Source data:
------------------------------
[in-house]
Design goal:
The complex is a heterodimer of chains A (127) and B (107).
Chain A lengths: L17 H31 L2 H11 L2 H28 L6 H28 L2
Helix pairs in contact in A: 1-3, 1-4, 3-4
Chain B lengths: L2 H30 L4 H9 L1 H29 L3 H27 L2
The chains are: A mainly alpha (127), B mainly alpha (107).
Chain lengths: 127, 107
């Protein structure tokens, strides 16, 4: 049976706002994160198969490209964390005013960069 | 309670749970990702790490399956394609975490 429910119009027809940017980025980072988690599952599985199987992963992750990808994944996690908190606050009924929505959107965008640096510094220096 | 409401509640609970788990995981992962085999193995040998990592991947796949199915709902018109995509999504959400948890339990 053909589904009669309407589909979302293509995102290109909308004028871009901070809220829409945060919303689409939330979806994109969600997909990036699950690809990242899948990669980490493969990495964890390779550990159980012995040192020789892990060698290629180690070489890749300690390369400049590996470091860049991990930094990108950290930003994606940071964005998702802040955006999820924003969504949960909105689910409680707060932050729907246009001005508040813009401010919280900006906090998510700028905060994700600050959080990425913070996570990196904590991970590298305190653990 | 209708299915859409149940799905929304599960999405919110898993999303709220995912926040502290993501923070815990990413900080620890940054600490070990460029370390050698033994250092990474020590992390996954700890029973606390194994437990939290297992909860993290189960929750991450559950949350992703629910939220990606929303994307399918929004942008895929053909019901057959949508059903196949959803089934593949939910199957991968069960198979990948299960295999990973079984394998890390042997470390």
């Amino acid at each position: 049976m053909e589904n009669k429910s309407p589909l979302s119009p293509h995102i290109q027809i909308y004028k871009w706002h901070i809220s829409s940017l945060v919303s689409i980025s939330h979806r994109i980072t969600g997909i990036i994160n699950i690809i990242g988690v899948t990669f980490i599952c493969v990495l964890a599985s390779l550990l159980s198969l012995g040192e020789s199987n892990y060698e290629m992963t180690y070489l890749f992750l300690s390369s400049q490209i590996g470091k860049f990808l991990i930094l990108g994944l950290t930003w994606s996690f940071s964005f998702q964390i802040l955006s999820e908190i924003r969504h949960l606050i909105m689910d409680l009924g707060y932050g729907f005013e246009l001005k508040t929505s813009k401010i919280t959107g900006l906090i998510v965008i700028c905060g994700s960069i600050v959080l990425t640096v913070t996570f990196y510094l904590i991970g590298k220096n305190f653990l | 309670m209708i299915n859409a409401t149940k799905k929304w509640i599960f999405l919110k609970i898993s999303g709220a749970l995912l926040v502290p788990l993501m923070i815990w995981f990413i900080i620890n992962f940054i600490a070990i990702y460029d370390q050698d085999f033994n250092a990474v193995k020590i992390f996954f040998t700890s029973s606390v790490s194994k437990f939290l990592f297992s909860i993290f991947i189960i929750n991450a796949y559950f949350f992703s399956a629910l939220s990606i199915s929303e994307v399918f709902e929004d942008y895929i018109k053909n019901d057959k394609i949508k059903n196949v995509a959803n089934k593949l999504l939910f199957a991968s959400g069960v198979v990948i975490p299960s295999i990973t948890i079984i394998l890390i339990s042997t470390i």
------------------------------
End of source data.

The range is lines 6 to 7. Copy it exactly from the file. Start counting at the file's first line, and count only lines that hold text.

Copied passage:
Chain B lengths: L2 H30 L4 H9 L1 H29 L3 H27 L2
The chains are: A mainly alpha (127), B mainly alpha (107).